143.The Turkish government blames the PKK’s strategy of urban entrenchment for the damage, and has committed to re–building the affected areas. Prime Minister Benali Yildirim announced on 27 January 2017, for example, that the state would build 35,000 new homes in south-eastern Turkey. The submission from the Turkish Embassy told the Committee that
The PKK’s tactic to wage urban uprising has backfired. But it has also caused considerable human suffering and material loss as well. According to the initial accounts, 1 billion [Turkish Lira] (approximately €300,000,000) has to be allocated for the recovery of the damage caused by PKK. 4,000 houses need to be rehabilitated only in Diyarbakır. The Turkish government continues to provide housing and food assistance to the dislocated people due to terrorist acts in the region and the people, who suffered from terrorism, are compensated. Reconstruction work is also underway in the region.
144.The use of torture is another concerning allegation made in the context of the war in the south east. The group Freedom From Torture detailed evidence of torture being practiced in Turkey in its written submission, and said: “for the past five years Turkey has been one of the top ten countries of origin for those referred to us for clinical services [in response to torture] and last year it moved into the top five”. In its concluding observations for its report on Turkey in June 2016, the UN Committee against Torture described:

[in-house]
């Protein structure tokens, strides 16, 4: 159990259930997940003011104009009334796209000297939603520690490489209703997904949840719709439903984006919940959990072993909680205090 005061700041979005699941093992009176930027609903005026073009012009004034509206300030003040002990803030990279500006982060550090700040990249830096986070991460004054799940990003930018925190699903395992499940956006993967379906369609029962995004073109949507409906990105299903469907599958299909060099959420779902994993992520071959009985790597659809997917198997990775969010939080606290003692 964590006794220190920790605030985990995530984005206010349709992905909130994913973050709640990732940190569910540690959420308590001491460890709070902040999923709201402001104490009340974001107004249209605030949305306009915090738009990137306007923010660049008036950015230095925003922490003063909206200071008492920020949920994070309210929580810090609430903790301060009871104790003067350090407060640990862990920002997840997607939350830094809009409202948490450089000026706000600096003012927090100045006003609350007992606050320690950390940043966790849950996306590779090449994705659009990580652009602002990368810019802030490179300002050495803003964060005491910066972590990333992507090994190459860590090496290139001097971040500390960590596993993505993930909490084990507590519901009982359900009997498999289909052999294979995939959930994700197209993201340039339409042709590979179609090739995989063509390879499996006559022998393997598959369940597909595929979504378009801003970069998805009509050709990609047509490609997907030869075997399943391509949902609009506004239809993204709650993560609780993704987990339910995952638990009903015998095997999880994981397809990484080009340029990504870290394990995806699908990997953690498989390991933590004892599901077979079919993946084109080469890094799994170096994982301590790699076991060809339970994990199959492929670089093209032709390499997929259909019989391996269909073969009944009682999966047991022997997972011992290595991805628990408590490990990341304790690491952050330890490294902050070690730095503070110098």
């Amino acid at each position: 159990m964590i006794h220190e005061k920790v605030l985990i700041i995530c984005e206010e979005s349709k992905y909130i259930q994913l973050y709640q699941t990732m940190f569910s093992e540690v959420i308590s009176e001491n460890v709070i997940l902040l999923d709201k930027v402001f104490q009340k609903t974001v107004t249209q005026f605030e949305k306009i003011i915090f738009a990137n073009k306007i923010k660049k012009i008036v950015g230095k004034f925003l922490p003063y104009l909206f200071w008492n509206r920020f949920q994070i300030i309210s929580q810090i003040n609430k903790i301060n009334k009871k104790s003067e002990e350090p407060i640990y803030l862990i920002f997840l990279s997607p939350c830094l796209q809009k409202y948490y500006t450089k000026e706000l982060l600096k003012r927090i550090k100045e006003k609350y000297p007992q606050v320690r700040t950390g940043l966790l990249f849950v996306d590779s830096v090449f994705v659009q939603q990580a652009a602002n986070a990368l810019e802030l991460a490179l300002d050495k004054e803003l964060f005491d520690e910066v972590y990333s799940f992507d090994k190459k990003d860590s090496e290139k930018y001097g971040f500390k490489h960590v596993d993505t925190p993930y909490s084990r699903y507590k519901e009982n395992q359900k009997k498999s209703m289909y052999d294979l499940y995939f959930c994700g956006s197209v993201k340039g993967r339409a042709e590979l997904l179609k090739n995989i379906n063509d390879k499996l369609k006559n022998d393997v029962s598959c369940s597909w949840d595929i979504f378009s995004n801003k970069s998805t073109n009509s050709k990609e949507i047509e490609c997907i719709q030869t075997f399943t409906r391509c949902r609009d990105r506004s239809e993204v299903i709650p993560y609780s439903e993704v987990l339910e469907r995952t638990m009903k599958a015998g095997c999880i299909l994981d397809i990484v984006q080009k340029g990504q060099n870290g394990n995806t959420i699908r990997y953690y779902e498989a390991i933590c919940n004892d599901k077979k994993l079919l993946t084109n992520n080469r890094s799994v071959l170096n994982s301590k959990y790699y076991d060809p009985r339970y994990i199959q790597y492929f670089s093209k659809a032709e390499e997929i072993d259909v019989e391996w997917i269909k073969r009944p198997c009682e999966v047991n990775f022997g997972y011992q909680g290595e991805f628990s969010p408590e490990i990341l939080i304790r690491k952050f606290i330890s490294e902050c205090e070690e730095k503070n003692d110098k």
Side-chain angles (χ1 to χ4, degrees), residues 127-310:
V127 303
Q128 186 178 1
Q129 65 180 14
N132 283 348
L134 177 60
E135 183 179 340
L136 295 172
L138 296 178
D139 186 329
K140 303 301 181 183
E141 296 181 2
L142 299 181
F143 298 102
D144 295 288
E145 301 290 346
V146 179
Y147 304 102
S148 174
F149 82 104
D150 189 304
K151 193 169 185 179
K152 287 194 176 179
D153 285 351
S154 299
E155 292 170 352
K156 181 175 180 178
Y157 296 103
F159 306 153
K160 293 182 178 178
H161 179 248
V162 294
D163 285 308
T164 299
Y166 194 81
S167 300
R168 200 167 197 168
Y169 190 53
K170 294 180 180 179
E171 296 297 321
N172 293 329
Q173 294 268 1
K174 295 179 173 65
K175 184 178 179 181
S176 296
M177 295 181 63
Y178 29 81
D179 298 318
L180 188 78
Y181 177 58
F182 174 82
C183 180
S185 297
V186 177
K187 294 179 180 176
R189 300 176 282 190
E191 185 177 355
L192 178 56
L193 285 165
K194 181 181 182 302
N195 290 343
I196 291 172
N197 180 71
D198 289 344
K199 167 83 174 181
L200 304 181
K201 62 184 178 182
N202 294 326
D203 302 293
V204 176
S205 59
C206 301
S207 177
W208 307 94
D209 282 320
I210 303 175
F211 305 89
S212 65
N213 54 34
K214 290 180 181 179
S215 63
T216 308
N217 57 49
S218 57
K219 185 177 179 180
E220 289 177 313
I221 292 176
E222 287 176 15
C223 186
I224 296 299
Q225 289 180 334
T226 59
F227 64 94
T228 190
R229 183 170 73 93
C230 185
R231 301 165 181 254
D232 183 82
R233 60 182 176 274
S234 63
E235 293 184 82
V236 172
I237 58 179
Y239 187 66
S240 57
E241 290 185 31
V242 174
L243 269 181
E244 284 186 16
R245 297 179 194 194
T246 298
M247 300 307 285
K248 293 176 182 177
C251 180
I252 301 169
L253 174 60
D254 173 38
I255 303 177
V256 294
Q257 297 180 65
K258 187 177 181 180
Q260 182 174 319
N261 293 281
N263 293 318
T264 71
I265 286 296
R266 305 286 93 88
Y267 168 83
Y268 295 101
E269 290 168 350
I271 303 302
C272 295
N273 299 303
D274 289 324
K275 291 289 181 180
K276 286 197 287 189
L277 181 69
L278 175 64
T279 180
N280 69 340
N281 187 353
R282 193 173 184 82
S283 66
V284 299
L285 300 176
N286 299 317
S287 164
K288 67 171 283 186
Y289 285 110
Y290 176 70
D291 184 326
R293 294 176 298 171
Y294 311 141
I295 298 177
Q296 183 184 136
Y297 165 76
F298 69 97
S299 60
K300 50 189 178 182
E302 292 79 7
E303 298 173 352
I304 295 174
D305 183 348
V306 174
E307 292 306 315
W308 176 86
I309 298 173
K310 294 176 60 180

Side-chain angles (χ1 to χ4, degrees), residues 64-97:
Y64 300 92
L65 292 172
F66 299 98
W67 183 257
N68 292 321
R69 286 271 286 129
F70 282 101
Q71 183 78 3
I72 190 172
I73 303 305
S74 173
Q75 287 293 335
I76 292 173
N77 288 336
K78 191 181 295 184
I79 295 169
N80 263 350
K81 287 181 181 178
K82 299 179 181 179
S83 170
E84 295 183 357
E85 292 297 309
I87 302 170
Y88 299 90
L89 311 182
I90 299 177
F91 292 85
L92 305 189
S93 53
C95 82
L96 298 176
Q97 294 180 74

Numerous credible reports of law enforcement officials engaging in torture and ill-treatment of detainees while responding to perceived and alleged security threats in the south-eastern part of the country (e.g. Cizre and Silopi). [ … ] The Committee is further concerned at the reported impunity enjoyed by the perpetrators of such acts.
The UN Committee re-stated that “no exceptional circumstances whatsoever, whether a state of war or a threat of war, internal political instability or any other public emergency, may be invoked as a justification of torture.”
145.Any claims with regard to what exactly has taken place in south–eastern Turkey are difficult to verify, largely owing to the restrictions imposed by the government on access to the area. The Office of the United Nations High Commissioner for Human Rights (OHCHR) wrote , in relation to its March 2017 report, that it had sought access to the affected parts of south-east Turkey for “almost a year”, but that no “meaningful access” had been granted by the Turkish government. Separately, the Council of Europe’s Commissioner for Human Rights reported that